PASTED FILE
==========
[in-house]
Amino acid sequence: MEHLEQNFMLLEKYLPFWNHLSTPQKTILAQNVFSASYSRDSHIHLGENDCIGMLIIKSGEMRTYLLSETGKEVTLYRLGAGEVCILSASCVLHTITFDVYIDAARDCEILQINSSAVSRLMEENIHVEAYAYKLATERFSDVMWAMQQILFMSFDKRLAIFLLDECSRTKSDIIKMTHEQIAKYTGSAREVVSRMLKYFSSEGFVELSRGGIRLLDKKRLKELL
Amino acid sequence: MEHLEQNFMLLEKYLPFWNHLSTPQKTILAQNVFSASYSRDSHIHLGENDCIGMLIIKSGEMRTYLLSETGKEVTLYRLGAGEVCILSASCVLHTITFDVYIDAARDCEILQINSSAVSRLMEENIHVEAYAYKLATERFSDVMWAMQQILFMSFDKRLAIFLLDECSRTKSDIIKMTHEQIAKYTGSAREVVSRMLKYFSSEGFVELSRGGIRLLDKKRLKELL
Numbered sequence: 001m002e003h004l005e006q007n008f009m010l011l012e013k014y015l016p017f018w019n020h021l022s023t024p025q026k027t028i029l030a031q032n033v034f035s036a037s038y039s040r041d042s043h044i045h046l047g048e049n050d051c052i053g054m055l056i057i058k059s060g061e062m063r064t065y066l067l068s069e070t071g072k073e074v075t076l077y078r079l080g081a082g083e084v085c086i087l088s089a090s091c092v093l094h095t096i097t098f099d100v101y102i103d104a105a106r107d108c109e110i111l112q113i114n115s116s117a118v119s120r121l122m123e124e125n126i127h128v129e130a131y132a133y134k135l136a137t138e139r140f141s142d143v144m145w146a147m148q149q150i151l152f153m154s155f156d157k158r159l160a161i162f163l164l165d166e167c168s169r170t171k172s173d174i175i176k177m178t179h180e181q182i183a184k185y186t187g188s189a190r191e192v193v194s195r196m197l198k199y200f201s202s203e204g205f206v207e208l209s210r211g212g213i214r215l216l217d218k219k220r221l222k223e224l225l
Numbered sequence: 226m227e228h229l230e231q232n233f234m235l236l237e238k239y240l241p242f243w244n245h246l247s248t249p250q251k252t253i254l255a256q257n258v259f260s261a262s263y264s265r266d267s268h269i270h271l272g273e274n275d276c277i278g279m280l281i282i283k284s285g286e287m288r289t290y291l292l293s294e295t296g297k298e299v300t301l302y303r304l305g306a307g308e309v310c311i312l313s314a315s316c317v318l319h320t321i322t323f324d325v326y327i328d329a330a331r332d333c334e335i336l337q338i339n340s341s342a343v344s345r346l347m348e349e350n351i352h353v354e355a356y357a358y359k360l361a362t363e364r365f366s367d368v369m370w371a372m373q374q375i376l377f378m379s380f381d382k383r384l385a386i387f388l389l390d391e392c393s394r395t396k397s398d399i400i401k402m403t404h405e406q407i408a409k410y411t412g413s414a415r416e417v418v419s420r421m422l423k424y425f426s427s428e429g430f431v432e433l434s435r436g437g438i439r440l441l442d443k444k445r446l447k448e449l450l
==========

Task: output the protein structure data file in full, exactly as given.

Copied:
[in-house]
Amino acid sequence: MEHLEQNFMLLEKYLPFWNHLSTPQKTILAQNVFSASYSRDSHIHLGENDCIGMLIIKSGEMRTYLLSETGKEVTLYRLGAGEVCILSASCVLHTITFDVYIDAARDCEILQINSSAVSRLMEENIHVEAYAYKLATERFSDVMWAMQQILFMSFDKRLAIFLLDECSRTKSDIIKMTHEQIAKYTGSAREVVSRMLKYFSSEGFVELSRGGIRLLDKKRLKELL
Amino acid sequence: MEHLEQNFMLLEKYLPFWNHLSTPQKTILAQNVFSASYSRDSHIHLGENDCIGMLIIKSGEMRTYLLSETGKEVTLYRLGAGEVCILSASCVLHTITFDVYIDAARDCEILQINSSAVSRLMEENIHVEAYAYKLATERFSDVMWAMQQILFMSFDKRLAIFLLDECSRTKSDIIKMTHEQIAKYTGSAREVVSRMLKYFSSEGFVELSRGGIRLLDKKRLKELL
Numbered sequence: 001m002e003h004l005e006q007n008f009m010l011l012e013k014y015l016p017f018w019n020h021l022s023t024p025q026k027t028i029l030a031q032n033v034f035s036a037s038y039s040r041d042s043h044i045h046l047g048e049n050d051c052i053g054m055l056i057i058k059s060g061e062m063r064t065y066l067l068s069e070t071g072k073e074v075t076l077y078r079l080g081a082g083e084v085c086i087l088s089a090s091c092v093l094h095t096i097t098f099d100v101y102i103d104a105a106r107d108c109e110i111l112q113i114n115s116s117a118v119s120r121l122m123e124e125n126i127h128v129e130a131y132a133y134k135l136a137t138e139r140f141s142d143v144m145w146a147m148q149q150i151l152f153m154s155f156d157k158r159l160a161i162f163l164l165d166e167c168s169r170t171k172s173d174i175i176k177m178t179h180e181q182i183a184k185y186t187g188s189a190r191e192v193v194s195r196m197l198k199y200f201s202s203e204g205f206v207e208l209s210r211g212g213i214r215l216l217d218k219k220r221l222k223e224l225l
Numbered sequence: 226m227e228h229l230e231q232n233f234m235l236l237e238k239y240l241p242f243w244n245h246l247s248t249p250q251k252t253i254l255a256q257n258v259f260s261a262s263y264s265r266d267s268h269i270h271l272g273e274n275d276c277i278g279m280l281i282i283k284s285g286e287m288r289t290y291l292l293s294e295t296g297k298e299v300t301l302y303r304l305g306a307g308e309v310c311i312l313s314a315s316c317v318l319h320t321i322t323f324d325v326y327i328d329a330a331r332d333c334e335i336l337q338i339n340s341s342a343v344s345r346l347m348e349e350n351i352h353v354e355a356y357a358y359k360l361a362t363e364r365f366s367d368v369m370w371a372m373q374q375i376l377f378m379s380f381d382k383r384l385a386i387f388l389l390d391e392c393s394r395t396k397s398d399i400i401k402m403t404h405e406q407i408a409k410y411t412g413s414a415r416e417v418v419s420r421m422l423k424y425f426s427s428e429g430f431v432e433l434s435r436g437g438i439r440l441l442d443k444k445r446l447k448e449l450l